For coaches, pressure out of this world


LOS ANGELES -- The coaches of the teams in the World Cup final live on different continents and speak different languages, but they're alike in one respect: Their countrymen can't stand them.

Brazil coach Carlos Alberto Parreira was booed by a pro-Brazil crowd before Wednesday's semifinal at the Rose Bowl, after each of his players had been wildly cheered.

After Italy reached the final by beating Bulgaria, 60 percent of the respondents to a national television poll said that Italy coach Arrigo Sacchi's success was due to luck more than skill.


And Johnny Oates thinks he's got it tough.

Parreira's and Sacchi's teams have a combined 9-1-2 record since the Cup began, outscoring their opponents 19-8. But the home fans aren't satisfied.

Part of the problem is that anything less than a Cup victory won't satisfy either country's raging thirst for soccer success. Part of the problem is that you can't possibly be popular coaching a team with 50 million fans encompassing dozens of different agendas and opinions.

But there is more to it than that. Brazilians are disappointed that Parreira's team isn't showing more creativity and scoring more goals, as Pele's teams did years ago. Italians just think Sacchi is clueless.

When Sacchi continually experimented with different players and lineups during Cup qualifying, and his team struggled, an Italian magazine ran mug shots of the 72 players he had used, along with mug shots of the Pope, Sylvester Stallone as Rambo and Robin Williams as Popeye. "Have you left anyone out, Arrigo?" read the headline.

After Brazil's 1-1 tie with Sweden in the first round, the following people went public with suggested lineup changes for Parreira:

* Parreira's mother.

* The president of Brazil.

* Pele.

To his credit, he is sitting on the hot seat with a bemused smile.

"My mother is easy on me," he said the other day. "She only wanted to make one change."

Pele suggested six.

Parreira speaks fluent English and has a dry sense of humor and a second career as a painter. He coached mostly in the Middle East until agreeing to come home and take on the task of bringing joy and success back to his country's national team, which hasn't won the Cup since 1970.

He was criticized for sticking with mediocre midfielder Rai and refusing to use high-scoring, trouble-making Romario during Cup qualifying, and bombarded after Brazil lost a qualifying game for the first time, 2-0 to Bolivia. He made up with Romario and got his team into the Cup, but the public's dissatisfaction lingered.

Brazilians don't just want their team to win. They want to win artfully, balletically. Style matters; winning defensively won't do. Never mind that defenses are so tight now that playing attacking soccer is almost impossible. As the Orioles can testify, expectations take on a life of their own.

Thus, Brazil's 2-0 round-robin win over Russia was regarded as a disappointment. One newspaper called the tie with Sweden "a national tragedy." Pele said that the team "couldn't play worse." Parreira's mother publicly implored her son to use Ronaldo, a rising young star.

Fans were furious with him for bringing in Rai in the second half of the semifinal against Sweden, to offset a height disadvantage.

In his news conferences, Brazilian journalists don't ask him questions so much as challenge him with statements. Parreira begins four of every five answers with the phrase, "That is your opinion . . ."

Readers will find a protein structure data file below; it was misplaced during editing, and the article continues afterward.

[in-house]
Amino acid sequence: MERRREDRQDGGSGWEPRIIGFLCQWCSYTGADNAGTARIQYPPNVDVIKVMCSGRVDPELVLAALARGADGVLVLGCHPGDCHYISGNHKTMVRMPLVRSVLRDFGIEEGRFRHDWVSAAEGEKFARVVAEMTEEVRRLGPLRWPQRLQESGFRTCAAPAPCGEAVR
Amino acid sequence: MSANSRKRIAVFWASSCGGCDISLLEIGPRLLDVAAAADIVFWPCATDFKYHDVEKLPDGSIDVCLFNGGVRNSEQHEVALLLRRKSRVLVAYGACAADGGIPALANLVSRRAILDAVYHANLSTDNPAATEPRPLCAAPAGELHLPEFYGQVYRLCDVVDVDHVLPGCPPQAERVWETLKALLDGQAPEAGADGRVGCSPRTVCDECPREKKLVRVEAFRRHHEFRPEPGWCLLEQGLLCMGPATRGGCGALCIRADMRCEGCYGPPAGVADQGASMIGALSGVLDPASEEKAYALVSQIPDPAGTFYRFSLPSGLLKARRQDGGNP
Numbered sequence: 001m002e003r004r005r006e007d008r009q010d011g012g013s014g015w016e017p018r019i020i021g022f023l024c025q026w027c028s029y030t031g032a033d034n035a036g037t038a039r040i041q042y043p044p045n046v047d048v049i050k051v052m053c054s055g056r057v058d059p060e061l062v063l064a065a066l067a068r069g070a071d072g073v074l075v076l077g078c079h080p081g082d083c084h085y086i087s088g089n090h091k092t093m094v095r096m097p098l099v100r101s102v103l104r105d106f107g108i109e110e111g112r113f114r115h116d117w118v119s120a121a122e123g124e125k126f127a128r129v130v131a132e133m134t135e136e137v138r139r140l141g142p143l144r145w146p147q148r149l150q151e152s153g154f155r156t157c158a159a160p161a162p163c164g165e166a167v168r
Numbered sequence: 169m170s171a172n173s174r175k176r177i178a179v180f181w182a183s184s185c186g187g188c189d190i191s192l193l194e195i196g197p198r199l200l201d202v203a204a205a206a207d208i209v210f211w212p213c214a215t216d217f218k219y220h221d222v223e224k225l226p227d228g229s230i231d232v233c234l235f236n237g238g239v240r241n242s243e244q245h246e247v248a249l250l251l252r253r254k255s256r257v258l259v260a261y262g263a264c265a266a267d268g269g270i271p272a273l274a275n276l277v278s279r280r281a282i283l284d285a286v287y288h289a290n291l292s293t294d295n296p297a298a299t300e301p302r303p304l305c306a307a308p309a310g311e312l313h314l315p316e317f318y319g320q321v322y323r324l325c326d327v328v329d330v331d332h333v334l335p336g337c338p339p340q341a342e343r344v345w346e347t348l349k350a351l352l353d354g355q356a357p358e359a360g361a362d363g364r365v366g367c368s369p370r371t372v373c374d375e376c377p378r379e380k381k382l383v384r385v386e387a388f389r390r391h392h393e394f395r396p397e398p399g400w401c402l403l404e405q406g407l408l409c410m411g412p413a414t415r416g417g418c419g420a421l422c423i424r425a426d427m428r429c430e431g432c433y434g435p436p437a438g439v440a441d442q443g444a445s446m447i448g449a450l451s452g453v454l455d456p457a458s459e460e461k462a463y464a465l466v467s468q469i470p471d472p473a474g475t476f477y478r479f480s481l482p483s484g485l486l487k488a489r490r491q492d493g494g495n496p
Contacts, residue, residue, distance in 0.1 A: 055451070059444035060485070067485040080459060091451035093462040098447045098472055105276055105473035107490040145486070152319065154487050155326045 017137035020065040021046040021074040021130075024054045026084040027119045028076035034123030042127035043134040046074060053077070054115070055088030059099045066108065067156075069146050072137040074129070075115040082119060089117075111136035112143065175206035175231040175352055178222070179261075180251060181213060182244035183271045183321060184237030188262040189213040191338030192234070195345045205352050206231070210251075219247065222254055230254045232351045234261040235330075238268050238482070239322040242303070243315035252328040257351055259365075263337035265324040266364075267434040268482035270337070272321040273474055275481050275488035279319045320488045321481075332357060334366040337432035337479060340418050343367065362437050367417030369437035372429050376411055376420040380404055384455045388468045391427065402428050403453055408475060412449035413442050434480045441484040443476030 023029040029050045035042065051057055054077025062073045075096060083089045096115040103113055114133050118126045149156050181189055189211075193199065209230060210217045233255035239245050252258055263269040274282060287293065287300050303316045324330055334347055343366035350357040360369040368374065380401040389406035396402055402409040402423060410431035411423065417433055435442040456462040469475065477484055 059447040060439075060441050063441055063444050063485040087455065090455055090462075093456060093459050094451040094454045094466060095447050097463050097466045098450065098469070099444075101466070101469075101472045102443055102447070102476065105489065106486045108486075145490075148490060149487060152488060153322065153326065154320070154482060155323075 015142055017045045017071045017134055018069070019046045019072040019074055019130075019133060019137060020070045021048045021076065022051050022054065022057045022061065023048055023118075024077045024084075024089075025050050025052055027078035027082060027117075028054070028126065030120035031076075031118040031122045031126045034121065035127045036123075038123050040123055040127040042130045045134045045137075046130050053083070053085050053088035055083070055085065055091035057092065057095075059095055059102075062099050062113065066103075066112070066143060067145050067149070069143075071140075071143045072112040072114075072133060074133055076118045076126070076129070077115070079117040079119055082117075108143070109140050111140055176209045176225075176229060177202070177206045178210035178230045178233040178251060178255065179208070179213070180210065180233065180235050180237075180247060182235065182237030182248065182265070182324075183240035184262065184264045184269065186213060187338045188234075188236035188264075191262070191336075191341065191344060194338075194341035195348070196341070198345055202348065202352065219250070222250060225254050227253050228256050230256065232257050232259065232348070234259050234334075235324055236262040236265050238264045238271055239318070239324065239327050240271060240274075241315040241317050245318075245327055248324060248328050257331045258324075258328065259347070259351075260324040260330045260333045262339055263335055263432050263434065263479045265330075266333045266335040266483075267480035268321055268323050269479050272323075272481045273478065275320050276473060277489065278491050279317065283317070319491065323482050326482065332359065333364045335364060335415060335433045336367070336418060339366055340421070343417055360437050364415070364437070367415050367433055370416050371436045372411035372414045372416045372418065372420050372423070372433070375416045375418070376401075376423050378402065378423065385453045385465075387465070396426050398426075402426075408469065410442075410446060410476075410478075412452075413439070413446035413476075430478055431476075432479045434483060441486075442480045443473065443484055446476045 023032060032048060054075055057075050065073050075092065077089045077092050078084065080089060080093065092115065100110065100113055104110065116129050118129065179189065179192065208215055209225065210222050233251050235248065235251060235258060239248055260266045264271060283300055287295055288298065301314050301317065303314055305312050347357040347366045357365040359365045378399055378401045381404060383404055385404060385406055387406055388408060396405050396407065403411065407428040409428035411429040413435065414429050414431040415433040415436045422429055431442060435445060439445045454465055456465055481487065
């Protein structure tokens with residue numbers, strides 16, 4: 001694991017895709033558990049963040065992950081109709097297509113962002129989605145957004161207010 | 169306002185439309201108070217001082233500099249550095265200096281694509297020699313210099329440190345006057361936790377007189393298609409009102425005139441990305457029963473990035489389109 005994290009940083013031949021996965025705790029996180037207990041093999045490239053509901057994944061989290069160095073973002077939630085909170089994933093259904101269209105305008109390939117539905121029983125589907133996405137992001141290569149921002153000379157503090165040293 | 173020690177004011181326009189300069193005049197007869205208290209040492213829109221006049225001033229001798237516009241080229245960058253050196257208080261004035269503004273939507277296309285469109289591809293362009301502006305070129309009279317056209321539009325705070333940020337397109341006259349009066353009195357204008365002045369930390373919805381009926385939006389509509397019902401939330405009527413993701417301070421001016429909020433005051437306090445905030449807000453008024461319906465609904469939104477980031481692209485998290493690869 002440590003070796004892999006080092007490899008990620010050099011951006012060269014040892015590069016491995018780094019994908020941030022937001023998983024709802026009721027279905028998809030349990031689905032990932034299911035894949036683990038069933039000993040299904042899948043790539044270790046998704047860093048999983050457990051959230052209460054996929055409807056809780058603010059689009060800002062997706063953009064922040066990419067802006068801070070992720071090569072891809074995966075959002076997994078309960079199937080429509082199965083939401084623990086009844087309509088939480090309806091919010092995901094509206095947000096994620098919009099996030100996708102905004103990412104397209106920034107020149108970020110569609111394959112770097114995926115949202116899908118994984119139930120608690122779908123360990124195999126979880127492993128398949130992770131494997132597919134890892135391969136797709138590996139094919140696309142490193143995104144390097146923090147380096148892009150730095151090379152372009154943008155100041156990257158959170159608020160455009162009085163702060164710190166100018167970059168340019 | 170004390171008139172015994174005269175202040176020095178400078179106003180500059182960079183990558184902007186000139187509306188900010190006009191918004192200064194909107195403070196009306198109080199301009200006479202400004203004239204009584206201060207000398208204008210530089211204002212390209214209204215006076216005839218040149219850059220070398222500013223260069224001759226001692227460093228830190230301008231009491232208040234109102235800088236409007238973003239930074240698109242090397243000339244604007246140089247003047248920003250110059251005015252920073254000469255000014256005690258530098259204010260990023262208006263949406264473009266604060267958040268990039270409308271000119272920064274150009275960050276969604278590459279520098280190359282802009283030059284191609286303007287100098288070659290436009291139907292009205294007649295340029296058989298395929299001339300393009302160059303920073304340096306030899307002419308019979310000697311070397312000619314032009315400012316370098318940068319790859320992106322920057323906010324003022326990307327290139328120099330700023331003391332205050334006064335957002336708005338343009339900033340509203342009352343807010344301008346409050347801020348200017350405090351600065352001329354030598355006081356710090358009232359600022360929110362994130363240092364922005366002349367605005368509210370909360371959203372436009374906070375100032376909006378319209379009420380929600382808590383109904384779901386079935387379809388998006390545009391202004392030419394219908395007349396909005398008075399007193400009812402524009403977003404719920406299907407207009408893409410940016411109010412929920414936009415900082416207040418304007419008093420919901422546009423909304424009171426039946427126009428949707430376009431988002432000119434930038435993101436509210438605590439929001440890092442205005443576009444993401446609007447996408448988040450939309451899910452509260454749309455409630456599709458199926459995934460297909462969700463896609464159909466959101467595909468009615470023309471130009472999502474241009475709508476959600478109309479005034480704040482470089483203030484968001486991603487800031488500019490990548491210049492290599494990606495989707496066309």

This is a team that has not yet lost a Cup game.

"Being a soccer coach is my life, and it's a pleasure," Parreira said, "but being coach of Brazil in the World Cup is something else. It's a compromise, a commitment, a death sentence sometimes. You can't have fun. Only if you succeed will there be full pleasure."

It is ironic that his last remaining obstacle is Sacchi, whose story so closely mirrors his own.

A bald, enlightened Milanese with ever-present sunglasses, Sacchi enjoys traveling and reads Faulkner and Hemingway. He took over the national team in 1991 after a hugely successful run as the coach of AC Milan, one of the world's best club teams. He said his goal was to take the ego out of the team, which is loaded with high-salaried stars. Immediately, critics said he couldn't succeed.

His team also struggled during Cup qualifying, at one point losing a practice match to a fourth-division Italian League team. His incessant tinkering with the lineup left him open to charges of indecisiveness.

Since the Cup began, Sacchi's maneuvers have become the center of a hysterical national debate. He substituted for his best player, Roberto Baggio, in the first half of a game Italy had to win. He has moved Giuseppe Signori, the leading scorer in the Italian League, from the starting lineup to the bench. Back home, the fans were about to explode with confusion.

Yet Italy has survived with a truly operatic performance, twice advancing with the help of Baggio goals in the 88th minute. The players admit they haven't played that well. But they're in the final.

Few fans think Sacchi deserves the credit. Yet, is it possible that his efforts to build an ego-less team have paid off?

No one knows for sure, of course, which is one of soccer's beauties. There's always room for debate. The sport is so simple that every fan, even a coach's mother, can be a coach. In 1970, an influential Brazilian newspaper columnist was so critical that the national federation finally made him the coach. He was fired for threatening to leave Pele off the Cup team.

This year, the winning coach in Sunday's final might succeed in silencing his critics, at least until the next game.

4( The loser? He'll probably get fired.

Copyright © 2020, The Baltimore Sun, a Baltimore Sun Media Group publication | Place an Ad